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Are you a boss who plays favorites? Break those bad habits

Playing favorites leads to missed opportunities for you and your team. You lose out on new perspectives, new ideas and unique problem-solving techniques.

6 min read




We all have some working relationships that just work better than others. It can be tempting to latch on to what has been successful for us in the past, whether that’s a certain style, a certain personality type or even a specific person or group. While it’s good to play to your strengths, there’s a difference between sticking with what works and being stuck in a rut.

Playing favorites leads to missed opportunities for you and your team. You lose out on new perspectives, new ideas and unique problem-solving techniques. The company can hardly benefit from the skills of staff that are never given the chance to shine, and staff that is never given a chance to shine may soon leave. Take a look at your leadership style and see if any of these habits describe you. Read on to learn how to break up your “inner circle” and build a better team.

Habit No. 1: Going with who you know

It’s great to have familiar faces on your team, whether you’re starting a new project or moving up in the company and taking people with you. While they can add continuity and get up to speed quickly with your working style, you’re missing out if you don’t add fresh perspectives and new ideas from new people. Don’t forget to consider people you’ve worked with in the past, too – they may surprise you with how they’ve grown and changed since you last interacted.

Instead: Balance your teams with a mix of old and new to keep both continuity and fresh perspectives flowing.

Habit No. 2: Picking youth over experience, or vice versa

Some of us are drawn to the brightness and vitality of young members on the team. Whether we see a glimpse of our earlier selves in them, or we are simply energized by the vigor they bring to the table, it can seem natural to give extra focus and attention to foster and refine that youthful drive. Similarly, it can seem logical to reward knowledge and experience, giving extra weight to the opinions of those who have been at the table the longest.

Either way, it’s a missed opportunity to only consider the opinions of one group or the other, especially when neither side will always have the whole answer to a challenge.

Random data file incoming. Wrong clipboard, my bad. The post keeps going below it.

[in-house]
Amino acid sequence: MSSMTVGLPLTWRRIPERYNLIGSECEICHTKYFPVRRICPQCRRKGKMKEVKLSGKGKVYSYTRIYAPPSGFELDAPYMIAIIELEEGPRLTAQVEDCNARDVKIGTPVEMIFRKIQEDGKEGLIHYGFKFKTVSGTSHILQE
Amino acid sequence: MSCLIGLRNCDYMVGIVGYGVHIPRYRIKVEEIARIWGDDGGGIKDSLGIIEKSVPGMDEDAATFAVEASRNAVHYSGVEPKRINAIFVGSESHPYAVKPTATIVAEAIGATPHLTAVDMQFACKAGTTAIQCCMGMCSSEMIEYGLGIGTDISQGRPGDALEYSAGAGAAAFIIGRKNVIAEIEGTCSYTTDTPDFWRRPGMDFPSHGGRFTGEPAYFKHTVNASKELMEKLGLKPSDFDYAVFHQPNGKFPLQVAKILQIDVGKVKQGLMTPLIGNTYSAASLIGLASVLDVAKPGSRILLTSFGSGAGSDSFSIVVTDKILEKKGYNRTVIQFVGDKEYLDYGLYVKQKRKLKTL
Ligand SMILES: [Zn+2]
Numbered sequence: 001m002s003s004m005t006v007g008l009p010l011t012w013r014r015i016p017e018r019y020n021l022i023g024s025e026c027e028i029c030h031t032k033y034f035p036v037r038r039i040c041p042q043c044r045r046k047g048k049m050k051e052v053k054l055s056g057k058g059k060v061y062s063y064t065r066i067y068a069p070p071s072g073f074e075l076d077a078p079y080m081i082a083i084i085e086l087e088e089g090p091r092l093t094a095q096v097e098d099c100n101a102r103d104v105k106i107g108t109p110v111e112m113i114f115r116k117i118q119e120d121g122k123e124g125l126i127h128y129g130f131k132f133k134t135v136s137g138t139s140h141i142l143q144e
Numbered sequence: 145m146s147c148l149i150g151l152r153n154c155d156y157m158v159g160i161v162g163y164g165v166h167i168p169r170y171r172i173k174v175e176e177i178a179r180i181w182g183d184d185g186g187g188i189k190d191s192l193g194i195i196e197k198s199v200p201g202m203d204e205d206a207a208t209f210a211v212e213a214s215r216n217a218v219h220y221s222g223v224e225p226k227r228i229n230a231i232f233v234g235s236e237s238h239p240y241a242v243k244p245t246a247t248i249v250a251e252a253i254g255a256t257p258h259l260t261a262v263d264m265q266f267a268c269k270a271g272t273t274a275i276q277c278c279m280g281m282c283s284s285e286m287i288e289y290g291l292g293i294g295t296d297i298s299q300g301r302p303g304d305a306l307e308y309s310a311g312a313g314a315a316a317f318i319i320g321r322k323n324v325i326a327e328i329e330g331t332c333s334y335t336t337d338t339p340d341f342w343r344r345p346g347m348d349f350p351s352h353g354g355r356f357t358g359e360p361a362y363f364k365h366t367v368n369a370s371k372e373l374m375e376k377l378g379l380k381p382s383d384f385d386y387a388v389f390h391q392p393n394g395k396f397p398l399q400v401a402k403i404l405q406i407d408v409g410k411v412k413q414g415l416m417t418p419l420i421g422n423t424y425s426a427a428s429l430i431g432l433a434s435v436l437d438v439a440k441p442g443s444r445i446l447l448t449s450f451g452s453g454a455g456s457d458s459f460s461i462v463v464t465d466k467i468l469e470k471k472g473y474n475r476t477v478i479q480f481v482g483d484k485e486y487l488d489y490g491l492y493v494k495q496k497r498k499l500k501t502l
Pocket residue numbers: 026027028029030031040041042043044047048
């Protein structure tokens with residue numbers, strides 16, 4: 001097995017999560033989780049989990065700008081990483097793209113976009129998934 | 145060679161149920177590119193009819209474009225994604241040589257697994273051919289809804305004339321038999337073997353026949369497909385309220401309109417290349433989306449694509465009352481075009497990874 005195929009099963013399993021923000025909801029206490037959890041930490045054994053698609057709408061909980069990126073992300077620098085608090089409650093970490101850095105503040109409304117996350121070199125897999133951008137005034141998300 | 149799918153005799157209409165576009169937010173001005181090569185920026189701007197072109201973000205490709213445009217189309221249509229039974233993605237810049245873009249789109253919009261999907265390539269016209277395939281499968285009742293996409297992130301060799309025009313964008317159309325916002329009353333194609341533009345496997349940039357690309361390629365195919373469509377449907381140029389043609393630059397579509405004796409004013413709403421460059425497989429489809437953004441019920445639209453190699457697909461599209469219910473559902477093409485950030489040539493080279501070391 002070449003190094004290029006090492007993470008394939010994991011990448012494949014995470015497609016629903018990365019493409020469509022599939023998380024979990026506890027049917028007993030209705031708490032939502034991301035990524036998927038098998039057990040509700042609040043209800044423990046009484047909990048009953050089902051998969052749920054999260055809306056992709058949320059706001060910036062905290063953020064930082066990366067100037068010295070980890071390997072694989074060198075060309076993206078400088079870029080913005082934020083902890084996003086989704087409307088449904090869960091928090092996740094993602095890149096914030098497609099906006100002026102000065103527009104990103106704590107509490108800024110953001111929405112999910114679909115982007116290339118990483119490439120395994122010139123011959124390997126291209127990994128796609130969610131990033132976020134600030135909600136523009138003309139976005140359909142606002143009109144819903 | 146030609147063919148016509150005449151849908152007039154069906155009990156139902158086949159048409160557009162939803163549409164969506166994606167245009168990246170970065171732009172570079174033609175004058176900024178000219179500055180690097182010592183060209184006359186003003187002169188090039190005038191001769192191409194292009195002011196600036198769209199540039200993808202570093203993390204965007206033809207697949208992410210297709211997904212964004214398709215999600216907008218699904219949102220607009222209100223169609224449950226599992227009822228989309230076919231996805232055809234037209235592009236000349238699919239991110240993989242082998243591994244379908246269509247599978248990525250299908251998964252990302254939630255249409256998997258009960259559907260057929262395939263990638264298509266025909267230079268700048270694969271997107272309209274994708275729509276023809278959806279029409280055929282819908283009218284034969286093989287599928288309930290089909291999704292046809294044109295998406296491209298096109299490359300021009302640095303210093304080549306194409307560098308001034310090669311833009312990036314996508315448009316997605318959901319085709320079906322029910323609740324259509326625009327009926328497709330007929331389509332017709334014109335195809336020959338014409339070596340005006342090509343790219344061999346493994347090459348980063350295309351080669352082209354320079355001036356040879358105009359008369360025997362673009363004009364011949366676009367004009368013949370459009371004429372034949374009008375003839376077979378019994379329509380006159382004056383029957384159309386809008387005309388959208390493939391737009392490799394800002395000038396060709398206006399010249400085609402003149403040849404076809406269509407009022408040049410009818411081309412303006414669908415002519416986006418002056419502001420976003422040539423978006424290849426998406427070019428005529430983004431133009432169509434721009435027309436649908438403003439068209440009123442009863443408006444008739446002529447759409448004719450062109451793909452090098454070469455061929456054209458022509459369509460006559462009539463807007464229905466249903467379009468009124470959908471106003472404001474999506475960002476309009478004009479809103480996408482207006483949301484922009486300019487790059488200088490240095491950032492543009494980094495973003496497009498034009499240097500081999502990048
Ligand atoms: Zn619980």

Instead: Bring everyone to the table and leverage the power of both perspectives. A great leader can combine both youth and experience to gain the best advantage. 

Habit No. 3: Having one “go-to” person for everything

When someone comes through for us, we want to reward that with more and greater responsibility — and so we should. It’s a normal part of business to help others grow into new roles. There’s a difference, however, between rewarding great performance and becoming lax in continuing to foster the skills of the whole team. Ask yourself if there really is only one right person for the task at hand, or whether there others on your team who need the mentorship and opportunities you can offer.

Instead: Reward great work, but make sure you’re providing opportunities for all your team members on the path to greater responsibility.

Habit No. 4: Creating a hierarchy

You may say your door is always open, but is it, really? Do you interact with many of your employees a regular basis, or do you have a more rigid structure where information flows through only a few key advisors? If only certain members feel it’s comfortable or appropriate to speak with you, you will be missing out on a lot of great ideas.

Instead: Broaden the number of team members you interact with regularly – in both formal and informal settings. Some hierarchy is helpful, but don’t let it prevent you from seeing everyone in action on a regular basis.

Habit No. 5: Being stingy with trust

It’s easy to fall into the habit of trusting only a few key people on your team. Whether you’ve had a few bad experiences in the past, or just don’t open up easily, sometimes it seems safer to minimize the number of people with critical tasks or key information. The problem is that those on the outside feel shut out and minimized, even when they’ve done nothing wrong.

Instead: Bring the team together by keeping everyone “in the know.” Your team is more likely to trust you if you trust them, in turn.

Habit No. 6: Preferring one style

Do you always listen to the first voice to speak up, or admire the employee who seeks you out with the latest info? Maybe you prefer to draw a well-considered opinion from the quiet one at the table. Perhaps the fastest troubleshooter or most organized presenter appeals to you. A team usually works best when it is made up of a variety of different individuals, each bringing something different to the table. If tend to attract and maintain a certain group of personalities, consider what you’re missing out on.

Instead: Value all the different ways in which people get work done. Make sure you consider and reward the variety of personality and cultural norms that can make up a dynamic working team.

Do you see yourself slipping into any of the above habits? While they all have good reasons to exist, consider how you can break out of your habits and use a more open-minded approach to get ahead.


Joel Garfinkle conducts executive business coaching and is the author of “How to Be a Great Boss” and “Getting Ahead: Three Steps to Take Your Career to the Next Level.” More than 10,000 people subscribe to his FulfillmentATWork newsletter. If you sign up, you’ll receive the free e-book, 41 Proven Strategies to Get Promoted Now. His website has over 300 free articles on leadership, workplace issues and career advancement.

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